More data has emerged to sharpen the consumer habits behind the plant-based phenomenon. 53% of respondents said they liked the taste of the plant-alternatives and 47% believe that plant alternatives are better for the environment than meat.
New research by the International Food Information Council Foundation(IFIC) examined 1,000 respondents’ insights into plant-based alternatives perceived health profile, environmental impact and how they choose to try them over meat products.
More data has emerged to sharpen the consumer habits behind the plant-based phenomenon. While only 61% of the survey respondents self-identified as omnivores, a full 49% said they had tried plant-based meat alternatives. Consumers reported that “liking to try new foods,” was the main reason behind trying the plant-based alternatives, the second reason was ” I’ve been hearing a lot about them.”
IFIC found that when it comes to plant-based food, nutrition facts are more important to consumers than ingredients. Consumer perception in plant-based foods is that they are healthier, whether or not the ingredients list reflects that.
Kris Sollid, a registered dietitian for IFIC and a researcher on the study told Forbes, “I know that, anecdotally, I’ve observed the explosion in the meat aisle of my local grocery store…but I wasn’t sure how that translates to people having actually tried them.”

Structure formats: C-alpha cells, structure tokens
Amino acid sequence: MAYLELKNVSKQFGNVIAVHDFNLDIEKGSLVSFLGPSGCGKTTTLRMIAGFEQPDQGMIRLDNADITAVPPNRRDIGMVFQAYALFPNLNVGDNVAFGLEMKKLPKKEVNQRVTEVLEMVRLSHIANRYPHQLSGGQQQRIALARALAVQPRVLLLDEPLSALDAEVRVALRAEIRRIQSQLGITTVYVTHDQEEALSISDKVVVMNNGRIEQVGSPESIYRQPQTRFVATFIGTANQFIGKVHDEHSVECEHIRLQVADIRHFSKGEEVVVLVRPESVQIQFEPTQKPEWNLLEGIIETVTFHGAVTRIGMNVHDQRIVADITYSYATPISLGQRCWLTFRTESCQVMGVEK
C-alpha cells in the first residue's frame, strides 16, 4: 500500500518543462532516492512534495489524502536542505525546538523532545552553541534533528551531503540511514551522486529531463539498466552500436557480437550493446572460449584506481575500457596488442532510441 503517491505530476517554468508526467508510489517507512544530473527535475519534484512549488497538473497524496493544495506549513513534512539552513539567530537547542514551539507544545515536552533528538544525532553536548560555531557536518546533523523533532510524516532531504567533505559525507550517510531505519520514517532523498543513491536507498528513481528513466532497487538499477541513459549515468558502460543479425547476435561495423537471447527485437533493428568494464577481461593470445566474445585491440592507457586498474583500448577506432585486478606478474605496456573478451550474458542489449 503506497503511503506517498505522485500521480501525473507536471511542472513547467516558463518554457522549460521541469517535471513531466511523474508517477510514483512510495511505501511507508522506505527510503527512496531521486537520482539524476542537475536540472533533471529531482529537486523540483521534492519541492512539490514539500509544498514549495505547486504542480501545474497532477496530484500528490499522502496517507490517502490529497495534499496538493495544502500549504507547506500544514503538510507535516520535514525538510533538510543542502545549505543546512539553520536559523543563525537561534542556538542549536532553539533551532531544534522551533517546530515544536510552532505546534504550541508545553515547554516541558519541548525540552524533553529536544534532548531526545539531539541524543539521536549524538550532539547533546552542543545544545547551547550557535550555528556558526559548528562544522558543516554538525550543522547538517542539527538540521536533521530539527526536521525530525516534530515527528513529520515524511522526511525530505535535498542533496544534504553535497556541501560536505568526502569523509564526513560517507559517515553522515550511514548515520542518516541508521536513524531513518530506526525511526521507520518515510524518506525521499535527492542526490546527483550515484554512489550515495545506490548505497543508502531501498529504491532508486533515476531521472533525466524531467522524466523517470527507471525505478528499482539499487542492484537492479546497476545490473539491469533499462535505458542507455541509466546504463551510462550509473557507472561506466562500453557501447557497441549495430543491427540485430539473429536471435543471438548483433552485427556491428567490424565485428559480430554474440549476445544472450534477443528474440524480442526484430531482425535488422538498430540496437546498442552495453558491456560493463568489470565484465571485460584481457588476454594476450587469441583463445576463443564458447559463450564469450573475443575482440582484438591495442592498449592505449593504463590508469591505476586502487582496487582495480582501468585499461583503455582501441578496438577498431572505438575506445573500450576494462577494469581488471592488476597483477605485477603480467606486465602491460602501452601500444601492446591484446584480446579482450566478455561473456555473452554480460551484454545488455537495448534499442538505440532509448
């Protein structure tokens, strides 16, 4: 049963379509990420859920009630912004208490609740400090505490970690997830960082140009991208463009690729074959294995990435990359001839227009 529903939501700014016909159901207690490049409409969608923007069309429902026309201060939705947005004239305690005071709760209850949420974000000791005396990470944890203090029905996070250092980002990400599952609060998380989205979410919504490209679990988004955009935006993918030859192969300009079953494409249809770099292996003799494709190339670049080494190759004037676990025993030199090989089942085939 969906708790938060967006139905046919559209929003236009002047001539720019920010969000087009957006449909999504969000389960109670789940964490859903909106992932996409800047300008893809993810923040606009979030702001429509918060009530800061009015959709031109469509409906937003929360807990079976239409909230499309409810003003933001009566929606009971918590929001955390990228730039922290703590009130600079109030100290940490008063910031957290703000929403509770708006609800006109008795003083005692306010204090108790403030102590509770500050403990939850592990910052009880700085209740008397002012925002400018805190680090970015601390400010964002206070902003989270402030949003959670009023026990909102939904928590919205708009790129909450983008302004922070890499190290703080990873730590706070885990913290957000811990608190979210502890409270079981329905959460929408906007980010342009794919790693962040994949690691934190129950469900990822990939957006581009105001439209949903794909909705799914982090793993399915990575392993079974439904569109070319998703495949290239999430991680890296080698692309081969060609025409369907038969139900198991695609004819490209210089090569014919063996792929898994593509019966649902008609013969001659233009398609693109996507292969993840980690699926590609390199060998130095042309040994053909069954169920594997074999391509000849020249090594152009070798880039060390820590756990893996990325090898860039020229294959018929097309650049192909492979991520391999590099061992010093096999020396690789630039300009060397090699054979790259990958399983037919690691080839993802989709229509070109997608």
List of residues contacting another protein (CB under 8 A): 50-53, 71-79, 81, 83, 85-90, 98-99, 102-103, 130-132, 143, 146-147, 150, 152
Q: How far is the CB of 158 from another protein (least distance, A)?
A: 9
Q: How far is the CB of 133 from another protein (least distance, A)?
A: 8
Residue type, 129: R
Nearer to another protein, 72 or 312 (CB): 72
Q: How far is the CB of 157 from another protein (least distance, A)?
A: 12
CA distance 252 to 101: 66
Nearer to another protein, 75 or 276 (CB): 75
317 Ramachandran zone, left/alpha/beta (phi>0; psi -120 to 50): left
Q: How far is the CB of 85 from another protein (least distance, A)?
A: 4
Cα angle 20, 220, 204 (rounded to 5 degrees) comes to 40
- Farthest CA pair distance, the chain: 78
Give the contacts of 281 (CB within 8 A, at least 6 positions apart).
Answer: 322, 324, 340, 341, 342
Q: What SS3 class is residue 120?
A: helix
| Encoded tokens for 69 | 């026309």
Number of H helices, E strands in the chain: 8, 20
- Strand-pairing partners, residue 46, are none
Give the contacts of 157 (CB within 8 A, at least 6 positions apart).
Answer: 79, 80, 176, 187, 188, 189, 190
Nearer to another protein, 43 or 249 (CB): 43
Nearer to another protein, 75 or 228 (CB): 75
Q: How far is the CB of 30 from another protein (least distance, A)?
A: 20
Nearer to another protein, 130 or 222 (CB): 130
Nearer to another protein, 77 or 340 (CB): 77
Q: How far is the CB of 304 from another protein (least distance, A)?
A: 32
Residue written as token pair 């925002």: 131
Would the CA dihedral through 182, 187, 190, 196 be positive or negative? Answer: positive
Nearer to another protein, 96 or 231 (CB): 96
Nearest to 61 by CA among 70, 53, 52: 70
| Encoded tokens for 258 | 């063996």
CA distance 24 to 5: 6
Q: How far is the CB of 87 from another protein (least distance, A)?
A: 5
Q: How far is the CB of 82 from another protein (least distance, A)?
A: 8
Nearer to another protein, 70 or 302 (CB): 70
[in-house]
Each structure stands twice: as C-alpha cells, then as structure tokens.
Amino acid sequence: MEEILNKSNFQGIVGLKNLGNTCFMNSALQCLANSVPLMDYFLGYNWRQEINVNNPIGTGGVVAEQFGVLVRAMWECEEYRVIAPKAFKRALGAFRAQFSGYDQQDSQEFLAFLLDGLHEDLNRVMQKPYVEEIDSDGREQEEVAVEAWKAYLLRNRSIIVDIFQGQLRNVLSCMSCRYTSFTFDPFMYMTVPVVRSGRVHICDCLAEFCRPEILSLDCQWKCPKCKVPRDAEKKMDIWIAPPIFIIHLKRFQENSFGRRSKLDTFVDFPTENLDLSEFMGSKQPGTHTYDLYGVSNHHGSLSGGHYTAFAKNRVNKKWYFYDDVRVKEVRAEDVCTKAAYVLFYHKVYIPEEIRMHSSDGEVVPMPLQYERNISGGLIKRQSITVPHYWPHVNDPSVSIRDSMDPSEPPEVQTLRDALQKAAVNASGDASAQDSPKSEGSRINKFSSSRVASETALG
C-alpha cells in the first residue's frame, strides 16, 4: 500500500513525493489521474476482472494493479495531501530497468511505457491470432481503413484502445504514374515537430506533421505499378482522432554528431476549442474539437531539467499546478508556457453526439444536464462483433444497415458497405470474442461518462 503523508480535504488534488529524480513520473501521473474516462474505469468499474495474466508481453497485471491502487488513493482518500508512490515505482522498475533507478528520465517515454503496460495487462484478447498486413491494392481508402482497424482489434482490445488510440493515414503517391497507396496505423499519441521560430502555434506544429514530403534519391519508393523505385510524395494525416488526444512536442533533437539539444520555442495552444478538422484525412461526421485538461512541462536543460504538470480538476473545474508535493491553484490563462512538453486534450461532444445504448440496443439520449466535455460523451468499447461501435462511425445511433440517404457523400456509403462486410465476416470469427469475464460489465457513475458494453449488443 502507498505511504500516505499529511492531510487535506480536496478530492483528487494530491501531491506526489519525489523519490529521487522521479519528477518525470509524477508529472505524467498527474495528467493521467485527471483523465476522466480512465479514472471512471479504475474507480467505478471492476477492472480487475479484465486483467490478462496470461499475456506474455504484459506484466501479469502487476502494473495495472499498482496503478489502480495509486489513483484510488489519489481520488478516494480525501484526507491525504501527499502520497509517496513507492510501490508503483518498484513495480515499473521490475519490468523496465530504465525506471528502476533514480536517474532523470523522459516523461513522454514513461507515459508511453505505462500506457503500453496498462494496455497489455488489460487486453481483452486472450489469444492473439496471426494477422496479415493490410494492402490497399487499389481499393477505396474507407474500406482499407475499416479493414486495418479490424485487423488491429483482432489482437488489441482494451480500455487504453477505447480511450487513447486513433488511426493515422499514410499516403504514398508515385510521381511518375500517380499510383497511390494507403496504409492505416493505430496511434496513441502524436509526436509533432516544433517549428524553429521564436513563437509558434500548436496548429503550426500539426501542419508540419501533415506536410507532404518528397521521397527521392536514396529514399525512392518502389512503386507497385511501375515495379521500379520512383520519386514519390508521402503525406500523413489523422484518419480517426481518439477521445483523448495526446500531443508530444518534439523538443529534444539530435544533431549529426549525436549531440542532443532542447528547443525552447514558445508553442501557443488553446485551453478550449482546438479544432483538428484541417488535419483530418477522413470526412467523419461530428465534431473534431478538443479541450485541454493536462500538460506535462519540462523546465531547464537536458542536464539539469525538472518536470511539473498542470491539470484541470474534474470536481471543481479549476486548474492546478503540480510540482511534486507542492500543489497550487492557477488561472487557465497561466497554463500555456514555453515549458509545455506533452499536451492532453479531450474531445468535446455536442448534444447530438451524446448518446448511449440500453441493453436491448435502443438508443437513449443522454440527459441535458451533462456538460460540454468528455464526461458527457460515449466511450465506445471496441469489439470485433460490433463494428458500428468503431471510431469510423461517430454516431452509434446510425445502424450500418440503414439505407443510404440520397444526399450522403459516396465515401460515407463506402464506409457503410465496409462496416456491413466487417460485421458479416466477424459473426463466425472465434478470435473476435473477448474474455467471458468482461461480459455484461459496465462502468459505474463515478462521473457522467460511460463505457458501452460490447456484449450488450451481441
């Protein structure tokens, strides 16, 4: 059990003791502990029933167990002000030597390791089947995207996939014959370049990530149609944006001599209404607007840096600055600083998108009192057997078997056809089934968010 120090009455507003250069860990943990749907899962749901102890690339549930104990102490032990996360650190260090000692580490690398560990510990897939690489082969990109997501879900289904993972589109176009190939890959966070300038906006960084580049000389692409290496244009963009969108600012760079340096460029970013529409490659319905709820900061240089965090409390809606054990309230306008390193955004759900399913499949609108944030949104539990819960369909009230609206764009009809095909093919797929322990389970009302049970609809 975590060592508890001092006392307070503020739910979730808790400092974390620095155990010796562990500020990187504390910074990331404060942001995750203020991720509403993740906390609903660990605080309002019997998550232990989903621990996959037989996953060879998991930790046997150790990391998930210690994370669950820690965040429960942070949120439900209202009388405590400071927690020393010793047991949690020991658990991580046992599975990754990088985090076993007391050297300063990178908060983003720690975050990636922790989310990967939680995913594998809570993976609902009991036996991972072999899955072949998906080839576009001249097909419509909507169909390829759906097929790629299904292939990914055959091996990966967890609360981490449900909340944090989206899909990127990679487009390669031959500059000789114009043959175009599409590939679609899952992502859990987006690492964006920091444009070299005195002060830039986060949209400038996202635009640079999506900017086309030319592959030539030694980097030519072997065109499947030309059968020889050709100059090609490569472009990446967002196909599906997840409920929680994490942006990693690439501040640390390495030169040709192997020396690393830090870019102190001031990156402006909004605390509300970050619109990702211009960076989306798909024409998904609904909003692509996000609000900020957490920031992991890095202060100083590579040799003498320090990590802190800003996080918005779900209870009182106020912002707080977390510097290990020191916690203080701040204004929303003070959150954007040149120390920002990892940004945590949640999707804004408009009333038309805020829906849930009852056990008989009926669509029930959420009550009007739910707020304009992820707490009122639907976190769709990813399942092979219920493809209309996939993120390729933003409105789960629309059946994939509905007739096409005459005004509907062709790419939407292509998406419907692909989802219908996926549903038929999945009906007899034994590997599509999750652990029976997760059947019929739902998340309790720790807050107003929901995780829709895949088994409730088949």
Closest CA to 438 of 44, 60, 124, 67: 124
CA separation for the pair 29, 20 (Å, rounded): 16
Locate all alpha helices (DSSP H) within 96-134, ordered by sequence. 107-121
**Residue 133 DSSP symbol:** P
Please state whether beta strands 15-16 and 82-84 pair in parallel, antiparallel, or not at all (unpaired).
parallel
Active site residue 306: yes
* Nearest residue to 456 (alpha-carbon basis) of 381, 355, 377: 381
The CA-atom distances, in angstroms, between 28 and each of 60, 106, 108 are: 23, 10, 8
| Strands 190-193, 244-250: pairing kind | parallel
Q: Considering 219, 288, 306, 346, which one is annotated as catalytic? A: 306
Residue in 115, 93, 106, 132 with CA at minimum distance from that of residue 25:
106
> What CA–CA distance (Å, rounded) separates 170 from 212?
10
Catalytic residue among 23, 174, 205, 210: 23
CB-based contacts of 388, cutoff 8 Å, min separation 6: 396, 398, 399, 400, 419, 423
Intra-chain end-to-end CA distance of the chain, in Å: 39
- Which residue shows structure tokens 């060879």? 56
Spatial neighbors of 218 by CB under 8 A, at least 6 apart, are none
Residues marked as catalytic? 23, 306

53% of respondents said they liked the taste of the plant-alternatives when asked about their favourite part of eating the product. And 47% believe that plant alternatives are better for the environment than animal meat. Sollid said that, “when we got to the environment question…it was pretty overwhelming.”
IFIC predicted that sustainability and climate change would be “two food trends” for 2020.
Plant-based diets continue to increase in popularity as dairy producers file for bankruptcy and meat-alternative companies like Impossible Foods continue to release new products.
Original source: www.onegreenplanet.org